This book covers key movements that helped to shape psychology - from the early philosophical debate between rationalism and empiricism or realists and antirealists through to the emergence of psychology as a science and the ongoing debates about `objectivity' and `truth' and what a science of psychology should be.
Often nuanced and complex, the author examines major conceptual issues in the history of psychology that continue to be debated and influence public policy and lay understanding. The latter stages of the book explore notions of individuality, hereditarianism, critical psychology, and feminist perspectives. While deeply rooted in human history, it is made clear that psychology, how it is conceived and practiced, has a bearing on our understanding of what it is to be human.
Accessible, objective and above all comprehensive, this book will help students locate psychology in the wider field of science and understand the forces that continue to shape and define it.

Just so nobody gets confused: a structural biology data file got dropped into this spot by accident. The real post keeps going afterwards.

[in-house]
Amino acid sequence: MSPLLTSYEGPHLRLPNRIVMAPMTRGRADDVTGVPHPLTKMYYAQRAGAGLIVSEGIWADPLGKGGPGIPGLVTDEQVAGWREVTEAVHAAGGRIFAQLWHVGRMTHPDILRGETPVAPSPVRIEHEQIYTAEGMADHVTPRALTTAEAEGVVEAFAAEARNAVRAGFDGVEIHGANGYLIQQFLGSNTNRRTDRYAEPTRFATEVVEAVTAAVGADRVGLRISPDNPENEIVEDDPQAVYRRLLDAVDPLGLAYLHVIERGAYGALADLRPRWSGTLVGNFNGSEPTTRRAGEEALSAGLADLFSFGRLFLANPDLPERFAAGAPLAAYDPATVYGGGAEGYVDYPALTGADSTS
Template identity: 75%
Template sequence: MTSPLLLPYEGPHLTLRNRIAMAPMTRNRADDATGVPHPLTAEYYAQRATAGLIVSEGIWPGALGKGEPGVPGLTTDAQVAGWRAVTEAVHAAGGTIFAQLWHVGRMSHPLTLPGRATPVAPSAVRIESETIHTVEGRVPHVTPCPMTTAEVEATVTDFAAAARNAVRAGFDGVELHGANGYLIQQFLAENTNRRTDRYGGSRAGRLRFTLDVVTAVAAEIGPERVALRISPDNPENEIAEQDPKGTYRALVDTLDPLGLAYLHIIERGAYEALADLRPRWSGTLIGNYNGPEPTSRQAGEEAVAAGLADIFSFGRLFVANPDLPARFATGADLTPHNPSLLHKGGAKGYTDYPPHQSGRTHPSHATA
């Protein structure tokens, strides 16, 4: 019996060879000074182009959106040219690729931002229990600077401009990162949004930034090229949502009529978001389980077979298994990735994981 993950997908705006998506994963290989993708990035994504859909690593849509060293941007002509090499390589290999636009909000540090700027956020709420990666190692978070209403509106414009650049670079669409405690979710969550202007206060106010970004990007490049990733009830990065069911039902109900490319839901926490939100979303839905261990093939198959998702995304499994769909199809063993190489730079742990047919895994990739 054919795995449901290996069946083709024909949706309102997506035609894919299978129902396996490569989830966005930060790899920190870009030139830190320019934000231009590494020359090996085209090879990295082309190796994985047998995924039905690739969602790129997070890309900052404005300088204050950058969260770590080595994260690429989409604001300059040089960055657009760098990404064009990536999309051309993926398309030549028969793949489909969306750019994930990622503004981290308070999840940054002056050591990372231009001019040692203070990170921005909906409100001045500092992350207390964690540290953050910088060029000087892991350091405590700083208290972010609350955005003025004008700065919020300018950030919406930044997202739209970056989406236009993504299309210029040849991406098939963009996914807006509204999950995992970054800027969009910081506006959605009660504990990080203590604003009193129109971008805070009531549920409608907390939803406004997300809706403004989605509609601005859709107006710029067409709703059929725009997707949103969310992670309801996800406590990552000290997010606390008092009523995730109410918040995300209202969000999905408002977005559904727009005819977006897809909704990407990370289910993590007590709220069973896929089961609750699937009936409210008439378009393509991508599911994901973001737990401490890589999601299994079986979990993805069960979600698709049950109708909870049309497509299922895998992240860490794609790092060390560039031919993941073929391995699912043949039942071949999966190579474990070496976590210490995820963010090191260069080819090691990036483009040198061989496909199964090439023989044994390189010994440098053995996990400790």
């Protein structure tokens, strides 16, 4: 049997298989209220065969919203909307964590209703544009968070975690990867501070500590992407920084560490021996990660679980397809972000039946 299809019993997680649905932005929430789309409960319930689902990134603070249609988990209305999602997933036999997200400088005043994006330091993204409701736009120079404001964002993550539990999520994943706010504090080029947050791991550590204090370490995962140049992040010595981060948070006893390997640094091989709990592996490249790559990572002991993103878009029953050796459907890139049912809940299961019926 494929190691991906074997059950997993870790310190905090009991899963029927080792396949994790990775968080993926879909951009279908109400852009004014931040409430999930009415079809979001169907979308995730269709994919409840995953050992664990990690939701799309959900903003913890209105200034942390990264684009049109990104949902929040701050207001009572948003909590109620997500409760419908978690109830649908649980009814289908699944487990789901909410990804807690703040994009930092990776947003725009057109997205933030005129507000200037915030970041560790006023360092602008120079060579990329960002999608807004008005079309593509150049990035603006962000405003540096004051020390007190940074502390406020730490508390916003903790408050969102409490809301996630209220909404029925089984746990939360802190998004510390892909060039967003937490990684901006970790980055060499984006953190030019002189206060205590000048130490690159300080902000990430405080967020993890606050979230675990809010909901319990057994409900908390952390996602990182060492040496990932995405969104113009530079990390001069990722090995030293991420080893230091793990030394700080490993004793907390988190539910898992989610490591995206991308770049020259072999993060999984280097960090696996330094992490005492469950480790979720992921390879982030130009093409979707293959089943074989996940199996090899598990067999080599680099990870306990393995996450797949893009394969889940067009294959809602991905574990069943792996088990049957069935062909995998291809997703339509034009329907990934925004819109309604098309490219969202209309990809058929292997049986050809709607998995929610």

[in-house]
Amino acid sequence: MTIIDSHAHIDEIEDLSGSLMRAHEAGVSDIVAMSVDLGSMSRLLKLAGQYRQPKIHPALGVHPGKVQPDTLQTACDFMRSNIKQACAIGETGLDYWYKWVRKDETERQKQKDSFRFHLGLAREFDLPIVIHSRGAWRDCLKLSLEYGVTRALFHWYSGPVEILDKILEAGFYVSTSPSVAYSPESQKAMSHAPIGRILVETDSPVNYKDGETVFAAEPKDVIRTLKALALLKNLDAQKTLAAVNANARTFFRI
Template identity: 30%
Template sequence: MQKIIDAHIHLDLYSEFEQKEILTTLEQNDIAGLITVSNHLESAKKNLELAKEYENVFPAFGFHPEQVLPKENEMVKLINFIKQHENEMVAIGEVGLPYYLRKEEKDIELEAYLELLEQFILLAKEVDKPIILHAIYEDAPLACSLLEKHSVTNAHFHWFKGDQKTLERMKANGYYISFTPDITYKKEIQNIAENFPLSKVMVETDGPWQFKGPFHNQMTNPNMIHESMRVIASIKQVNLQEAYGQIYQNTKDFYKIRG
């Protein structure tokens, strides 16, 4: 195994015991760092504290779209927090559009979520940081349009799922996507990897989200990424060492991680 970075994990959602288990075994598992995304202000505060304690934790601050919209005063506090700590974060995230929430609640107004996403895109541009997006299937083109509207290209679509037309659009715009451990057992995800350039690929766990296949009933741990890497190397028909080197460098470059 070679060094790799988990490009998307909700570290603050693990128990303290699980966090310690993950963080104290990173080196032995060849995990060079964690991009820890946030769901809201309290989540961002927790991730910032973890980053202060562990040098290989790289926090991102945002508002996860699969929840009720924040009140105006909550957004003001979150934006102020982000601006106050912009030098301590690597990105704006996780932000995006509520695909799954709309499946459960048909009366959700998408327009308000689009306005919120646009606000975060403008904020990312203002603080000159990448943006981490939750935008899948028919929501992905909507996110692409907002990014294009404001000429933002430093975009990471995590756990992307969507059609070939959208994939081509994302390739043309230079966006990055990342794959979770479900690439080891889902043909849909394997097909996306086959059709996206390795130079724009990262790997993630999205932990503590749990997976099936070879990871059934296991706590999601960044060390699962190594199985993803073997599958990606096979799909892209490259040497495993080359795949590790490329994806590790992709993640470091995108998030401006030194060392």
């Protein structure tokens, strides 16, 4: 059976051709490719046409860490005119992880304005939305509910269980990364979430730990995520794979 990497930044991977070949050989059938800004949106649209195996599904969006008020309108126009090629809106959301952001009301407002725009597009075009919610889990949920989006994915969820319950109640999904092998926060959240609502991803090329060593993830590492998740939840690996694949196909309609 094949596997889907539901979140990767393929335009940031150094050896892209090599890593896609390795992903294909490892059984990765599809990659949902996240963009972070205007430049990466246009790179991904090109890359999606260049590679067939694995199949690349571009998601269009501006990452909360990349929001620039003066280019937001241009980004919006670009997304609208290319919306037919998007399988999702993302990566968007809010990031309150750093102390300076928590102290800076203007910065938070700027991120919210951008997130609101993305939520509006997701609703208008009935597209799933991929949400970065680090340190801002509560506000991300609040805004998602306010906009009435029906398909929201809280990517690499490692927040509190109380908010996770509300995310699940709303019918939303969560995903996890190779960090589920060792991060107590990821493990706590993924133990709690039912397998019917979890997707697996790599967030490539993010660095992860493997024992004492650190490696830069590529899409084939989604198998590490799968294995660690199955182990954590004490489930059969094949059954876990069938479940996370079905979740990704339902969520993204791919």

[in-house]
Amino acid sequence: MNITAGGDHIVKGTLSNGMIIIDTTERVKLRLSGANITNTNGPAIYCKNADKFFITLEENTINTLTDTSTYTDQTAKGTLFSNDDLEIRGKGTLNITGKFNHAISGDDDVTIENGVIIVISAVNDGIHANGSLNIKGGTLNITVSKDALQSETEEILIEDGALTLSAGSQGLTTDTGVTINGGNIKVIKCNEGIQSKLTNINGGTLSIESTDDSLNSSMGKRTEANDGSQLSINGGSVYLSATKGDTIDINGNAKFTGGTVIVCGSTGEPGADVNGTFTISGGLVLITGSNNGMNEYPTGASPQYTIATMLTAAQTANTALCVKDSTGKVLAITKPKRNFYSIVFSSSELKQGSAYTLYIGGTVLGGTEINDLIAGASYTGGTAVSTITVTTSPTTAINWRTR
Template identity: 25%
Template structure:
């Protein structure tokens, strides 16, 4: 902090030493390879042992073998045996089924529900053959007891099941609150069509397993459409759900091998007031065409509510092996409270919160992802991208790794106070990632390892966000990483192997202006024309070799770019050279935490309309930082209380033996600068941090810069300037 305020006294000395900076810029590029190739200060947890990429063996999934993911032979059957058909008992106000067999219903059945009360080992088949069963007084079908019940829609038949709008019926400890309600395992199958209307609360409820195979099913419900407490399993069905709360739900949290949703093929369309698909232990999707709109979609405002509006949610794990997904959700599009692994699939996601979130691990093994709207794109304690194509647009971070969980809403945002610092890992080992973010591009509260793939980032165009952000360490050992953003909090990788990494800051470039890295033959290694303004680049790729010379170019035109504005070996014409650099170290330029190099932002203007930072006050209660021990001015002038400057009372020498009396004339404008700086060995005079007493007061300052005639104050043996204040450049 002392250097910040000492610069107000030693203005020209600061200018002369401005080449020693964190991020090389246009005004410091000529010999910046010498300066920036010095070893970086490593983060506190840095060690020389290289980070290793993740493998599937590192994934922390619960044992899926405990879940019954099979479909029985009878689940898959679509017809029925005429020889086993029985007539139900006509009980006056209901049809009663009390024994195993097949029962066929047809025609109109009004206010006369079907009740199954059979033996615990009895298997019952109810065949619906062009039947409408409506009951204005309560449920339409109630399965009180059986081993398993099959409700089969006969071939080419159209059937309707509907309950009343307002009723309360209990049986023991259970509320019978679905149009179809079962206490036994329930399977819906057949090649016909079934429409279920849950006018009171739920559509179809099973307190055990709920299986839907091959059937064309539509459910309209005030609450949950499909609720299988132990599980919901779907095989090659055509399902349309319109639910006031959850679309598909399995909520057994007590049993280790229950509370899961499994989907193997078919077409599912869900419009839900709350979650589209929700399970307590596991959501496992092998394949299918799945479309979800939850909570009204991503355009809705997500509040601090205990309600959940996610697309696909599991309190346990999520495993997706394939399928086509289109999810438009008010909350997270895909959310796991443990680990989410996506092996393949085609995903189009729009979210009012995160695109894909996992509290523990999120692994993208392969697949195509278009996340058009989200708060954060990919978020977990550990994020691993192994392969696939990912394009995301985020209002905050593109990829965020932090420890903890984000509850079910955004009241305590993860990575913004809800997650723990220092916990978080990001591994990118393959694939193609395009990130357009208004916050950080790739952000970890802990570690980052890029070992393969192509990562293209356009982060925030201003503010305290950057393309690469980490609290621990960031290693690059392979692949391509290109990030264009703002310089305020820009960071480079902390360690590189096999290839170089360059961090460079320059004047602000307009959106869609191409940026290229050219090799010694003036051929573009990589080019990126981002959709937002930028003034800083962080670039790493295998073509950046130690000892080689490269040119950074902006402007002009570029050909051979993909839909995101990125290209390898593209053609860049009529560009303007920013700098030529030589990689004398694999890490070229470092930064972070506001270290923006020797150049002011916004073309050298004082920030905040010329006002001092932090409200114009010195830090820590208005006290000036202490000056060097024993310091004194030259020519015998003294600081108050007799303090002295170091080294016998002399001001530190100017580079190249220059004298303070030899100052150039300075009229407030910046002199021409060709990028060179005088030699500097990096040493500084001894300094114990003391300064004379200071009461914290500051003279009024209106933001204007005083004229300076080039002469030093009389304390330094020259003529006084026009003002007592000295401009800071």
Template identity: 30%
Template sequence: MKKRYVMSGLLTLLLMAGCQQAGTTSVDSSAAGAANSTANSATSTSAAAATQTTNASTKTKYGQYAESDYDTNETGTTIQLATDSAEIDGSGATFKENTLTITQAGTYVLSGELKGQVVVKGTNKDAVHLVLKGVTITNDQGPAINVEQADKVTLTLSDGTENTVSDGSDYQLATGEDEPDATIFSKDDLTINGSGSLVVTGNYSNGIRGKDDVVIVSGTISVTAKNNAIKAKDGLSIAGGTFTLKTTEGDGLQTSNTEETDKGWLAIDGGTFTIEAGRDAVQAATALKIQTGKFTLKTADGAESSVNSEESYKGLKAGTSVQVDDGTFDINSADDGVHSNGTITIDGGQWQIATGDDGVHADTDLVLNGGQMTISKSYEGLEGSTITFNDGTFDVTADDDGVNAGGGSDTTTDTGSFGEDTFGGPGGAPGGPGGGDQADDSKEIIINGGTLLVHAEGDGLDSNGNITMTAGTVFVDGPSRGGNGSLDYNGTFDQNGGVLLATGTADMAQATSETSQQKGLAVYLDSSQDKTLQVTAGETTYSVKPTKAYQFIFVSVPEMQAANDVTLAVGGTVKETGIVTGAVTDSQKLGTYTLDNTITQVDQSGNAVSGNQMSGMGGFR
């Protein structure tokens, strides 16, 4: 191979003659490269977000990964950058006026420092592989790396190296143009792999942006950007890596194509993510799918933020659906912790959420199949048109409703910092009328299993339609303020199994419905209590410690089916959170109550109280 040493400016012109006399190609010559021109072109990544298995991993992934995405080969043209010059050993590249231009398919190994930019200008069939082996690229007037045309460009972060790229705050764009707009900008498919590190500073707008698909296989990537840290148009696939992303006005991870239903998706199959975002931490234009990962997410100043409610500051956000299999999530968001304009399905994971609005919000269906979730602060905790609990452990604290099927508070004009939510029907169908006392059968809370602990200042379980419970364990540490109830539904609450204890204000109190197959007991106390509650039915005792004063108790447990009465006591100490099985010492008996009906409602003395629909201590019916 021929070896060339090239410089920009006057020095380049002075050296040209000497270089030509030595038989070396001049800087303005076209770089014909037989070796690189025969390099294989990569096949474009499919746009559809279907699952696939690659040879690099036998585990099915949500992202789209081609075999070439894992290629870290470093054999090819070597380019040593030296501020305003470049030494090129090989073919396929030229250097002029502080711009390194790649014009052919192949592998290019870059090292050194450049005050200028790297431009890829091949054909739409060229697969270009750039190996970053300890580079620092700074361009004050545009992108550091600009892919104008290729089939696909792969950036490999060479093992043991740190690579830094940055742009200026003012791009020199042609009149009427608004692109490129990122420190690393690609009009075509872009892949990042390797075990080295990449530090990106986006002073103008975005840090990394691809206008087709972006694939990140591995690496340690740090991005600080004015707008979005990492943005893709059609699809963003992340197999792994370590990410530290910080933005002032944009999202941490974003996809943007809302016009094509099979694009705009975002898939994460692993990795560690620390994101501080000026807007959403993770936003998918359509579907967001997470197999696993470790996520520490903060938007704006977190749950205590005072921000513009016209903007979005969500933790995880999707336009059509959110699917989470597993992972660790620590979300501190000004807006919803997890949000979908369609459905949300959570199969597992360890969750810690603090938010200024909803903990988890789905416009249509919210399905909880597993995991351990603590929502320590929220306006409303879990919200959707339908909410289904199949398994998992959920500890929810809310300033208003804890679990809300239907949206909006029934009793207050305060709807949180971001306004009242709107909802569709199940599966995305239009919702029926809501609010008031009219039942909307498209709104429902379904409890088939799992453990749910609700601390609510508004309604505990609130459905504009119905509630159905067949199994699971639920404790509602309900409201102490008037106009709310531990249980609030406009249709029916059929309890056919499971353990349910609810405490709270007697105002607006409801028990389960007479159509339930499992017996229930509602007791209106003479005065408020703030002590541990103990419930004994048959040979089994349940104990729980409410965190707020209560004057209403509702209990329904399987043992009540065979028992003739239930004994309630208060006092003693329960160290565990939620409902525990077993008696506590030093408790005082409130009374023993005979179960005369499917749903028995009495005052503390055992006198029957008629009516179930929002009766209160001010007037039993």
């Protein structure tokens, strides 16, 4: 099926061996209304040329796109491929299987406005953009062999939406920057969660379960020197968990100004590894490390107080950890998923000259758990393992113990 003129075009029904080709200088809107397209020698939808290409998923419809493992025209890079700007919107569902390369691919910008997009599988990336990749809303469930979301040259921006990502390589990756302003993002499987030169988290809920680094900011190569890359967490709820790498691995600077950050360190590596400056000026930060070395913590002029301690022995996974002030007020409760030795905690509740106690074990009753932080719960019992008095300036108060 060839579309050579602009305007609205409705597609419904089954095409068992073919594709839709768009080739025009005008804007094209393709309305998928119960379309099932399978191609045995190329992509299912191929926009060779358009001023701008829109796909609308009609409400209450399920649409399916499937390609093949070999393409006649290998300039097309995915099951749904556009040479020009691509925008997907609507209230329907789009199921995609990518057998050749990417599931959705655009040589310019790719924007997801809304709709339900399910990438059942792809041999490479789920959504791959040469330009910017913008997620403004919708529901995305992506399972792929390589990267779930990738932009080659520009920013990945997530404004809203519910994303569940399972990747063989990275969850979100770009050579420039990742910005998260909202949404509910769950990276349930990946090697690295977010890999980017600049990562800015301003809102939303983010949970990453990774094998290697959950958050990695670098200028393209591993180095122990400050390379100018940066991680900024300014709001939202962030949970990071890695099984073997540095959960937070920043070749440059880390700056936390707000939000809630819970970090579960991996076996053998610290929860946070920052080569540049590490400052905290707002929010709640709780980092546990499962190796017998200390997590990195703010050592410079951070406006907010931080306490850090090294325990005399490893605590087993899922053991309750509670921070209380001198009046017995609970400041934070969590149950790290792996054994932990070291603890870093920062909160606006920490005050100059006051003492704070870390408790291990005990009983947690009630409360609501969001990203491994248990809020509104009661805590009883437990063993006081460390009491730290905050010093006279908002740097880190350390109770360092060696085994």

Brad received his PhD from the University of Victoria, Victoria, BC, Canada in 1989. His doctorate was in Personality/Theory. He taught Introductory Psychology, History of Psychology, Cognitive Psychology, Psychology of Personality, and Theoretical Psychology at Vancouver Island University from 1989 until his retirement in 2015.
Chapter 1 - Psychological Inquiry as an Evolving Human Practice Chapter 2 - Historical Conceptual Issues Chapter 3 - Science and Psychology Chapter 4 - Physiology and Phenomenology Chapter 5 - Nature and Nurture Chapter 6 - The Mind-Body Problem Chapter 7 - Philosophy of Science Chapter 8 - Mainstream and its Critics Chapter 9 - Critical Psychology and Feminist Psychology Chapter 10 - Psychological Methods and Practice Chapter 11 - The Cognitive Revolution Chapter 12 - Free Will Versus determinism